The Tom Emmer v. Hamline controversy churns up an opinion from Hamline senior Natalie Cook on the MPIRG website: “The fact of the matter is that Tom Emmer would bring very little to Hamline’s robust academic community in terms of scholarly work or expertise. Instead, he would bring a lot of liability. … For a small, private college in St. Paul, Minnesota, looking to attract a diversity of students from across the country, hiring a controversial political figure is probably not the best way to attract potential students. While Emmer was candidate for governor his budget plan included reducing higher education funding. Many of our students, including myself, receive state grants which would have been at risk of greater funding cuts leaving students to bear a larger financial burden. Regardless of a professor’s political beliefs it is important that they value higher education; this includes understanding the importance of adequate funding for institutions and students. … Emmer has set himself up as a lightning rod for hot button social issues and is a mouthpiece for social conservatives. That’s fine for talk radio and cable news networks, but there is no place for that in an academic community.”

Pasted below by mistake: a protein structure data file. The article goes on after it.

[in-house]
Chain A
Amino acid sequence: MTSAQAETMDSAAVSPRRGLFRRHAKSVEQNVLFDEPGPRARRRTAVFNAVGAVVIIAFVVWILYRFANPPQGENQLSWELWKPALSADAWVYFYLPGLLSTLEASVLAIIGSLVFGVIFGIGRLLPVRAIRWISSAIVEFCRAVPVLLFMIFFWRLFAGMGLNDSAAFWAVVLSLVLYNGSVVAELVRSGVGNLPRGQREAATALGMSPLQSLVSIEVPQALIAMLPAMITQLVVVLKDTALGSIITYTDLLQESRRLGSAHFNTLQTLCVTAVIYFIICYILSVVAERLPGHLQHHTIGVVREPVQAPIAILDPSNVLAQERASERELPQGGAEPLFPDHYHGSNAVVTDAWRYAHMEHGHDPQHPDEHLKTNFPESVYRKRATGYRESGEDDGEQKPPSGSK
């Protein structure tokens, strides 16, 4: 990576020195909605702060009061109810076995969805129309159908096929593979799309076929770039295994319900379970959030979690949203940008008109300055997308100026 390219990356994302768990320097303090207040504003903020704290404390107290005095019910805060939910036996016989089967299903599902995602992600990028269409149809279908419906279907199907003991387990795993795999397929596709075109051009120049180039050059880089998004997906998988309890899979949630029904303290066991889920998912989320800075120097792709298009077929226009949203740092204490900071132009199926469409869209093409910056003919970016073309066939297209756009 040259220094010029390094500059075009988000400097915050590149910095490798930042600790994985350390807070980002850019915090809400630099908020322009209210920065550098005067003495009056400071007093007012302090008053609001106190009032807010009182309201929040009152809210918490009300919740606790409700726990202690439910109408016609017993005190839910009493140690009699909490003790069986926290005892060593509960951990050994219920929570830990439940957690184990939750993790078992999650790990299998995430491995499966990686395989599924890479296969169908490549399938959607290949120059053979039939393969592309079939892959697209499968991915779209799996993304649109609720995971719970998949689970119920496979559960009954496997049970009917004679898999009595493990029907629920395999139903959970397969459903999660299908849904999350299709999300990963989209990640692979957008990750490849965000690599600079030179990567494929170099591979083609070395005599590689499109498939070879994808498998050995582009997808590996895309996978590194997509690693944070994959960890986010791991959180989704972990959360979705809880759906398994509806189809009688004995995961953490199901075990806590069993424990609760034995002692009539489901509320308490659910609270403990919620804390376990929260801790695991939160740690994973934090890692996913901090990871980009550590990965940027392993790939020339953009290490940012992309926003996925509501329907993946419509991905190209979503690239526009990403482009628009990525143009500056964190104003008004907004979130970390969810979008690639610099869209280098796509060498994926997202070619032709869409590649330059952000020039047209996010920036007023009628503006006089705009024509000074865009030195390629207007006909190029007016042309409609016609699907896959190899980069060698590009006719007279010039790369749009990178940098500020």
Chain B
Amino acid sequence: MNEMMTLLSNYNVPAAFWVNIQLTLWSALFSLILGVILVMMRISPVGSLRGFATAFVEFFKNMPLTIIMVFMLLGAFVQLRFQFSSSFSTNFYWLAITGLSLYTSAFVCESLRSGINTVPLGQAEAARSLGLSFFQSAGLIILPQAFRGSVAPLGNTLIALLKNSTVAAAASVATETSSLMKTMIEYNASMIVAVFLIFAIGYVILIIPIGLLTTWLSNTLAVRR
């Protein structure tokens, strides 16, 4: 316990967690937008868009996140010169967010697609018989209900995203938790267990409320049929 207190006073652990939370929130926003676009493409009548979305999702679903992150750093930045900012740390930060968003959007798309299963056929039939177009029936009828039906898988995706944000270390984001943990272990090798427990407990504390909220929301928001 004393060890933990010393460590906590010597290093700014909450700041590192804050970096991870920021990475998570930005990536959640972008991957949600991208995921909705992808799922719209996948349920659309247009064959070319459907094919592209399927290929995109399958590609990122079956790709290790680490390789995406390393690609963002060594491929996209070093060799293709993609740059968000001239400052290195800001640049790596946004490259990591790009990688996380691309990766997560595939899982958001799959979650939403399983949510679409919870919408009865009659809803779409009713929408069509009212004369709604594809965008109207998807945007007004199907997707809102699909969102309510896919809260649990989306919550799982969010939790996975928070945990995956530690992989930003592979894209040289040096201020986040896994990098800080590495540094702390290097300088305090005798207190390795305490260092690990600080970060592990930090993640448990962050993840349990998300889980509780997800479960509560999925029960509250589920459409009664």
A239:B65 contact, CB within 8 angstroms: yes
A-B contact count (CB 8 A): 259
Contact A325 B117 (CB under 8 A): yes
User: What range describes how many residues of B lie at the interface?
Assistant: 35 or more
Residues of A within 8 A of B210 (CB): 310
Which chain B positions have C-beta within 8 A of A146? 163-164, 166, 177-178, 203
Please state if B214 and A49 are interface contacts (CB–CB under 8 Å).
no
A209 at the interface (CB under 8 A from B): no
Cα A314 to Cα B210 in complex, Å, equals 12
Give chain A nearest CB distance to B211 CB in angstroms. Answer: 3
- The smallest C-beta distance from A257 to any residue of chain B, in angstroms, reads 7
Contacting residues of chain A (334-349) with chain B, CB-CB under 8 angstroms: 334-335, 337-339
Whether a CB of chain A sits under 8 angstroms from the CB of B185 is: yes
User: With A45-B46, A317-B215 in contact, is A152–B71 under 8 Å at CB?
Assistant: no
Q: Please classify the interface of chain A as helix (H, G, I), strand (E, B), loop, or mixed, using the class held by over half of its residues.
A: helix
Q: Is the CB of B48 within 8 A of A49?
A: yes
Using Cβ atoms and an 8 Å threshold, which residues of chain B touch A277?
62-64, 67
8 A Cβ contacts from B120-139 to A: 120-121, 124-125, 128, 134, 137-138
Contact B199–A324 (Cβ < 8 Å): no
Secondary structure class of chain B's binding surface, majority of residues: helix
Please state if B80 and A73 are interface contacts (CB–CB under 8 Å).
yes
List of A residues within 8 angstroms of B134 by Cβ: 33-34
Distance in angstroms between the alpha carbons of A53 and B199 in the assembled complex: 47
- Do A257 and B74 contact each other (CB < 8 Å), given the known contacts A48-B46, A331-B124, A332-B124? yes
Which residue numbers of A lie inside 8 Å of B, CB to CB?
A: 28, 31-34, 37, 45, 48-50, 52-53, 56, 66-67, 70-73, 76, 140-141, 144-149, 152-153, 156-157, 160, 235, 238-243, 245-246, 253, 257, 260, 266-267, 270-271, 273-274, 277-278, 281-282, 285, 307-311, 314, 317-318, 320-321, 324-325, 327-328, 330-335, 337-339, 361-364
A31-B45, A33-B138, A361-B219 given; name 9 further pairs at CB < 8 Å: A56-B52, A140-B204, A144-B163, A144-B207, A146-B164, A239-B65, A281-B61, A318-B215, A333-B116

Frankly, I was wondering what the state’s top conservative bloggers thought of the Emmer dust-up … when I came across this. From “Nihilist in Golf Pants”, aka one of the “Fraters Libertas”: “I disagree with the characterization of a weak Republican field. In fact, I would suggest that this Republican field is the strongest slate of candidates the party has seen since 1980. Each candidate brings unique qualifications to the table. Let’s take a quick look: Speaker Newt Gingrich was the architect of a Republican revolution that significantly changed the course of American government. Under his strategy, the party took over Congress after decades as a minority party. Then under his leadership, the federal budget was balanced, welfare was reformed, and America entered into an era of growth and prosperity. If Gingrich doesn’t capture the party’s nomination, then the nominee will likely be one of two governors. Governor Mitt Romney is a Republican who won election in a deep blue state, proving that he can garner the votes of moderates and some liberals. Governor Rick Perry is entirely different, the chief executive of a deep red state that has had been strong on job creation and economic growth. Additionally, Romney boasts extensive private sector experience. Congressman Ron Paul offers Republicans a real libertarian choice that has been missing from many presidential campaigns. Love him or hate him, one must acknowledge that Paul represents an ideology that holds influence over significant thinking on the right side of the political spectrum. While Michele Bachmann and Rick Santorum are not likely to win the Republican nomination for President, they represent powerful factions of the Republican party whose ideas merit consideration. … In summary, the field is deep and talented. I believe that any of the losers of the nomination would make excellent choices for cabinet posts, and I didn’t even mention erstwhile candidates Herman Cain or Tim Pawlenty. So why do so many Americans that aren’t liberal partisans long for the next Reagan instead of embracing the riches before them?” How is it that I’ve forgotten to thank Speaker Gingrich for the economic boom of the 1990s?